Land of Talk | Some Are Lakes (Saddle Creek)

cd_land-of-talk.jpgThe album starts strong musically, as if I may have stepped into an older Cursive album.

 

 

 

 

 

 

Normally I don’t care for girl singers. If I wanted to hear a girl bitch about the situations in her life, I would just go re-read my blogs. But seeing as though the first track for Land of Talk’s new album Some Are Lakes is titled "Yuppy Flu," the never soft-spoken bro-hater in me can’t help but want to check it out. I have to say I was far from disappointed.

The album starts strong musically, as if I may have stepped into an older Cursive album. This of course immediately makes me like it, especially since I have a thing for Tim Kasher’s mind. Enter vocals and I am instantly brought back to Land of Talk instead of my daydreams for new Cursive material. The brain behind the operation is a woman named Elizabeth Powell. In a business dominated by men, this chick stands out. She’s no "meek girl with guitar" act; on the contrary, she may just inspire you to burn the frat house down. And coming off a summer high of bros, beer, and pop punk (aka Warped Tour), I feel back to my intelligent self again with the help of Ms. Powell and her band of musically talented boys.

The initial buildup of "Yuppy Flu" is created by drums that make your foot start tapping along, a simple bass line and, if you listen closely, the guitar coming in quietly at first and throwing itself into the mix with the kind of intensity that gets you excited for the possibility of something amazing. The feeling of excitement loses me for just a minute on the second track, "Death by Fire." The name would suggest something intense, but Powell’s voice is anything but here. The raw sound of the guitar seems to drown out her at times whiny voice. But it is apparent that Elizabeth knows what she is doing. She grabs my wandering mind back with "The Man Who Breaks Things (Dark Shuffle)." It is a bit on the poppy side, but more like indie pop done right. Just when I thought this was the best she had to offer, I fell in love with the title track: "But I’ve got you for my life/ And I’ll love you like I’ll love you when I die." The sappy romantic in me perks up and begins to romanticize about such a passionate love. Until I realize it isn’t love I am being romanced by, but Powell’s contradictory, sleepy yet strong voice and intelligent lyrics. Other noted tracks are "It’s Okay" and "Young Bridge." While different in intensity, both evoke the same feeling as I had when I first experienced Fro Yo vanilla frozen yogurt with Fruity Pebbles: excitement, when things feel optimistic with the possibility for something new and amazing.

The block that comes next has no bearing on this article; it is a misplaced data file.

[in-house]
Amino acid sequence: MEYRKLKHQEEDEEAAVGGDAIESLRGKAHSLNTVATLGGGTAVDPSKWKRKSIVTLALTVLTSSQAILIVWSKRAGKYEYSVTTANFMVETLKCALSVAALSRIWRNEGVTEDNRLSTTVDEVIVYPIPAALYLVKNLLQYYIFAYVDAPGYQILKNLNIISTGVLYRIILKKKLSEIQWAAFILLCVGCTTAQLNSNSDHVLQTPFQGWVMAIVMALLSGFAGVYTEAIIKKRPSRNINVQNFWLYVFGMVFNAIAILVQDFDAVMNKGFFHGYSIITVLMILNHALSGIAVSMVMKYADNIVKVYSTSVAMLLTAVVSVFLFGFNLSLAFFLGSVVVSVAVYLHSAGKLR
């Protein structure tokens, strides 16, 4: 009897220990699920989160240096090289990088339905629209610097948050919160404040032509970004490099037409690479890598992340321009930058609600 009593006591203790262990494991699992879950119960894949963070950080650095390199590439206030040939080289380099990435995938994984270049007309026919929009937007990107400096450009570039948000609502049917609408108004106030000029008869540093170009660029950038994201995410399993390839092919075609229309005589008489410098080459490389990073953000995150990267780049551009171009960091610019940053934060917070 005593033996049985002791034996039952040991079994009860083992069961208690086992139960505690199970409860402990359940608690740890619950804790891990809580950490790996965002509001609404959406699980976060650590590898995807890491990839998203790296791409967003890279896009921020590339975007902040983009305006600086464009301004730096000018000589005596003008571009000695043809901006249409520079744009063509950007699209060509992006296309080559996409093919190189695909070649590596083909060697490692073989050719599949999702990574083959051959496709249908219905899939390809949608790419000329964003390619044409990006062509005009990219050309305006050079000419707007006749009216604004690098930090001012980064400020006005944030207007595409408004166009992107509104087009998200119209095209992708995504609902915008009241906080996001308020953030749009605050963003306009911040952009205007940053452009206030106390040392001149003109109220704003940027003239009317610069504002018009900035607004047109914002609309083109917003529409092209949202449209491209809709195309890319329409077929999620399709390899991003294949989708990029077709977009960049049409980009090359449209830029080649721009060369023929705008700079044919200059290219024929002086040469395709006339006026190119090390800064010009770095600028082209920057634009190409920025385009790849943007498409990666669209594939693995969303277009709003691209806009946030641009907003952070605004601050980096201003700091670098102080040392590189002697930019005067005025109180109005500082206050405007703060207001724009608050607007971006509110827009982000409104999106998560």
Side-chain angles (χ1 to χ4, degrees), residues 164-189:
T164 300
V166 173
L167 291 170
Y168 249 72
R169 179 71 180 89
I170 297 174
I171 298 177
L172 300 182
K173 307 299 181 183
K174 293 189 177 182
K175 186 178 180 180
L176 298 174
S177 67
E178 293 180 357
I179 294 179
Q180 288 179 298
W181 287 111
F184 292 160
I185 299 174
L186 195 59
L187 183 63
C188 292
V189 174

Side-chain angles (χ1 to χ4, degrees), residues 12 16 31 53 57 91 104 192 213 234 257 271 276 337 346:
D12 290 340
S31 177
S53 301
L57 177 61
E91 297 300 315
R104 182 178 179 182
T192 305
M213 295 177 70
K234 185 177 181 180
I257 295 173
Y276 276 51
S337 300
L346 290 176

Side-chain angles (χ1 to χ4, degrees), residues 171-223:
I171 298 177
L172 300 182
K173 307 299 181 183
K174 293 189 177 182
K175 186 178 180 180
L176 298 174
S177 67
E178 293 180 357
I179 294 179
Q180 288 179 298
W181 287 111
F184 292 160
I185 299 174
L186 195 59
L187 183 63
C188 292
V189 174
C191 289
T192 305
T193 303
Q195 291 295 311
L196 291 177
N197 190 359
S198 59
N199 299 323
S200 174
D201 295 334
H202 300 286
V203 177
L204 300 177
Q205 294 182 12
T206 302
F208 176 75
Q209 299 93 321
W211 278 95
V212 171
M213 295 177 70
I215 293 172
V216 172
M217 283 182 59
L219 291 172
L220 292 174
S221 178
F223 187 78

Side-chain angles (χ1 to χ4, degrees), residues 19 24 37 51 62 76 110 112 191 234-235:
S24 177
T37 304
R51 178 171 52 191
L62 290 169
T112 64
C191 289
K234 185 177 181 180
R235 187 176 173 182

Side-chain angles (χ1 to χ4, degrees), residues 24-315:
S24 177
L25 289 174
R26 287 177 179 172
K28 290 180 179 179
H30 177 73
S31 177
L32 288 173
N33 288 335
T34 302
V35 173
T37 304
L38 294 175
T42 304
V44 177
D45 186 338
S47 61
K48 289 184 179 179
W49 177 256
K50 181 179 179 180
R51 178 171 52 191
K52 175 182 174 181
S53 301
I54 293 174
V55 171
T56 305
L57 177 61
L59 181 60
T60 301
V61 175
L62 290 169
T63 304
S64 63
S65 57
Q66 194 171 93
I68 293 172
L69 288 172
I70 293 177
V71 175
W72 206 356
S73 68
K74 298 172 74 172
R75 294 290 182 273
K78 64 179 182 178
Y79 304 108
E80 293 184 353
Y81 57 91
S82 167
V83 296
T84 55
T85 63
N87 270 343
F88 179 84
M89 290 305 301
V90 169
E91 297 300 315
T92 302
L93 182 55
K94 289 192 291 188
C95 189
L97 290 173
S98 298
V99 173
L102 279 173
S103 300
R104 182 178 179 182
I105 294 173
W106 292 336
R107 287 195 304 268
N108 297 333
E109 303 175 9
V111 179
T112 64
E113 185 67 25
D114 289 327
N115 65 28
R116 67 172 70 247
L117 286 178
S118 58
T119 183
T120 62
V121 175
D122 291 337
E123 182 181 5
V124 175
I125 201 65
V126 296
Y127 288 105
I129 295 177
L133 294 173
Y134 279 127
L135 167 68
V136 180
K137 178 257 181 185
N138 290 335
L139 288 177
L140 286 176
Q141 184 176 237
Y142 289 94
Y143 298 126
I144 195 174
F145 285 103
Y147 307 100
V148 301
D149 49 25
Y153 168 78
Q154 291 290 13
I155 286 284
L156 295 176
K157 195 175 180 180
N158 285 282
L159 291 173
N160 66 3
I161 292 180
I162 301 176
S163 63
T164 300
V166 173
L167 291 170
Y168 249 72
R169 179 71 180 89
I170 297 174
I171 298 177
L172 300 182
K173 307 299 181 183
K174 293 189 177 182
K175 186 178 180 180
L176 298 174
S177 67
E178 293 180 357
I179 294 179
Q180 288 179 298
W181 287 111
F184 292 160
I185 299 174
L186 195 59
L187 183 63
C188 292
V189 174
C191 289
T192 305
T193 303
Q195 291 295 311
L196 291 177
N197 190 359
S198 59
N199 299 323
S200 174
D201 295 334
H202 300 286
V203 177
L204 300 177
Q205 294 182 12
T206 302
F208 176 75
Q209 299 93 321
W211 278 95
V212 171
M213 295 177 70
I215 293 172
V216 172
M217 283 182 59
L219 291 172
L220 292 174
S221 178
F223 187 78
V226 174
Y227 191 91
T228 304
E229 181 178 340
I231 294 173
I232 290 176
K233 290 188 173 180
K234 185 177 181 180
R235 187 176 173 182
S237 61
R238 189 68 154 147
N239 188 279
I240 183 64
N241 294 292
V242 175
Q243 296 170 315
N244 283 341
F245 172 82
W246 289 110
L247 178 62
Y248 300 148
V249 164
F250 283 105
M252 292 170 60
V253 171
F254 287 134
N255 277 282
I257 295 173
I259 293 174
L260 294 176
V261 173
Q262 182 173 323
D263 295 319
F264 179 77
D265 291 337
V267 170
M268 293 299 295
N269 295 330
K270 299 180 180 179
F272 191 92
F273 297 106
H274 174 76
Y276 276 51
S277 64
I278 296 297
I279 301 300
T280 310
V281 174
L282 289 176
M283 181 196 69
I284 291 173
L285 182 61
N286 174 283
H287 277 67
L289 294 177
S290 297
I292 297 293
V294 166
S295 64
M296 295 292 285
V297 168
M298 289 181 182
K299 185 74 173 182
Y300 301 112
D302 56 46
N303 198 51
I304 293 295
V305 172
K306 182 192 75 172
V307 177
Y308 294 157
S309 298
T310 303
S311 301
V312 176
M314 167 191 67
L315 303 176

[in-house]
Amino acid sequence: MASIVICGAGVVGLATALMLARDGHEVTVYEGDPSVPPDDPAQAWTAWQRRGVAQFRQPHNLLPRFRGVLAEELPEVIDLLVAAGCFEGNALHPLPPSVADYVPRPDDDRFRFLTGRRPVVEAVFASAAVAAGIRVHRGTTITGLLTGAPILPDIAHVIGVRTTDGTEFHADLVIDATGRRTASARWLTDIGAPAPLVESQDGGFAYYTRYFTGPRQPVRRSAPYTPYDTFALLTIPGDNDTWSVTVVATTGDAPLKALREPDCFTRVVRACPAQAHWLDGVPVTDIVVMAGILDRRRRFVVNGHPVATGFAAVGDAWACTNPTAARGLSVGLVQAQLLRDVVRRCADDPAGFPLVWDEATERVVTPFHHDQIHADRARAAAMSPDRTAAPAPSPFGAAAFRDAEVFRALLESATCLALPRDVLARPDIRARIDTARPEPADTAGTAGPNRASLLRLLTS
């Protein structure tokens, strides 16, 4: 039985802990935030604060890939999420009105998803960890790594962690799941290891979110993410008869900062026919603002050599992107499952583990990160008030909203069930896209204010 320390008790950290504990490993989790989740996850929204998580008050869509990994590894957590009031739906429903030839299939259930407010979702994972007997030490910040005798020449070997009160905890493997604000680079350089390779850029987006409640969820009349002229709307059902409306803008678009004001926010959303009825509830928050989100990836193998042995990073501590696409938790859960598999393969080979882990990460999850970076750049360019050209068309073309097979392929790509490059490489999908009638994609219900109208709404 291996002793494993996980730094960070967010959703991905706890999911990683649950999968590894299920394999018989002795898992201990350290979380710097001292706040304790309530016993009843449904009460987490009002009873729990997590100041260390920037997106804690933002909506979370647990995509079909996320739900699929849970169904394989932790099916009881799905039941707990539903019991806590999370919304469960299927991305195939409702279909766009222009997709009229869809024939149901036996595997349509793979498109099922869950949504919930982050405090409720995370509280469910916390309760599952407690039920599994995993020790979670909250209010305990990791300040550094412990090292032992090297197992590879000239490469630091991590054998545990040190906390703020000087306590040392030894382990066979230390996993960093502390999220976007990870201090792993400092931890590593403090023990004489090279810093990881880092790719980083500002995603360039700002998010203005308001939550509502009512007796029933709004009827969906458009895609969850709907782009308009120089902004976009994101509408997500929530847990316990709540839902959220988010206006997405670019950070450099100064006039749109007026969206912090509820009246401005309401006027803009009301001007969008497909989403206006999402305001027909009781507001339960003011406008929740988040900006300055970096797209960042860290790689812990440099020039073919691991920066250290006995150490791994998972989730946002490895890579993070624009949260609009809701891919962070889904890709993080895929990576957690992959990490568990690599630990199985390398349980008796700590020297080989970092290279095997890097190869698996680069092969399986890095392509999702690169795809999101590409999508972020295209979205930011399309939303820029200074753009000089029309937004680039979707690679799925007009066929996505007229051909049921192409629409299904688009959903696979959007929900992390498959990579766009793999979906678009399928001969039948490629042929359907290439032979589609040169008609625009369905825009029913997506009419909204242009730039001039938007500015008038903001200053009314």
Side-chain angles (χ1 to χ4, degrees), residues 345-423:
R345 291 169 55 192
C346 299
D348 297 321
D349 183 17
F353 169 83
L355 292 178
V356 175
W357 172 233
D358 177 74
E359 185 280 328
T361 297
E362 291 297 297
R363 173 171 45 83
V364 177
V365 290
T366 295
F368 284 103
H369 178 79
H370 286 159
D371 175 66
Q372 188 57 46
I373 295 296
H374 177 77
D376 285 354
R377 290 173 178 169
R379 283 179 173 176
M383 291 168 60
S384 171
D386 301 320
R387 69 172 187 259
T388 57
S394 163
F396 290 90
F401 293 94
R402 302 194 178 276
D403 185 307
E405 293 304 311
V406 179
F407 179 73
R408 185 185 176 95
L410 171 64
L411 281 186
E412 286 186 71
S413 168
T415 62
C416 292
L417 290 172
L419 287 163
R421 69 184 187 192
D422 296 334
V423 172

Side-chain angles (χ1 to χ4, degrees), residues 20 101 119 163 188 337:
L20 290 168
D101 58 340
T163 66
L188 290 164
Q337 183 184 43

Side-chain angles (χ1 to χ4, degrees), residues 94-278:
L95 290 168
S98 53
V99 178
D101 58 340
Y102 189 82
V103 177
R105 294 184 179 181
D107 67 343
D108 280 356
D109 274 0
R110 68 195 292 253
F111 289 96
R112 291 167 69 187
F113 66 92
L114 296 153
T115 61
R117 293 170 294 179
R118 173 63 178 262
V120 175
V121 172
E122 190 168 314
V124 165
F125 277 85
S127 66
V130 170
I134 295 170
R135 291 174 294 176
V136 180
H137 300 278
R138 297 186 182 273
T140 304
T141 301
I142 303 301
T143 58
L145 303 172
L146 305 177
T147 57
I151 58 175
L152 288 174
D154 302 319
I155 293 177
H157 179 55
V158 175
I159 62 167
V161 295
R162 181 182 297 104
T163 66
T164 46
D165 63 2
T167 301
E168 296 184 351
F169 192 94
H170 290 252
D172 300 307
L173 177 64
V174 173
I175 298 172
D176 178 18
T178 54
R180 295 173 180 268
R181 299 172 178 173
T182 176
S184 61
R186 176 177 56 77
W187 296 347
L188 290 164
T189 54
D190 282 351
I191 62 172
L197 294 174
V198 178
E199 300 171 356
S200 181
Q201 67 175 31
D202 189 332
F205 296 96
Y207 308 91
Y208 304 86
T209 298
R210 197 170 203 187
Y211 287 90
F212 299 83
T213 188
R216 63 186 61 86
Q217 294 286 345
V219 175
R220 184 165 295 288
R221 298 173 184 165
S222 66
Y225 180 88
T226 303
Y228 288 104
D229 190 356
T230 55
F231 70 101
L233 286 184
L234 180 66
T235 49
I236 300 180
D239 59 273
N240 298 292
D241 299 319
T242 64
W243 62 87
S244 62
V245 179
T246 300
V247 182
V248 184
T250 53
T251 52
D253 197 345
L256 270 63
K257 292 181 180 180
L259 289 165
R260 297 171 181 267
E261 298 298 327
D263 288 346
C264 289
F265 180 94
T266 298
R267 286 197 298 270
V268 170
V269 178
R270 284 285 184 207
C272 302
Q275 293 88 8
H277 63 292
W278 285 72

It’s time now to put away the beer cooler and volleyball net. Let go of the memories of the keg parties and beach vacations. Roll down the windows and pop in Some Are Lakes, and you’ll forget all about that unattractive one-night stand you seemed to have been too drunk to realize the truth about ’til the next morning, hungover. Maybe you’ll even feel compelled to torch a frat house or two. B+ | Kate Nelson

RIYL: Rainer Maria, Tegan and Sara, Heather Nova

Be the first to comment

Leave a Reply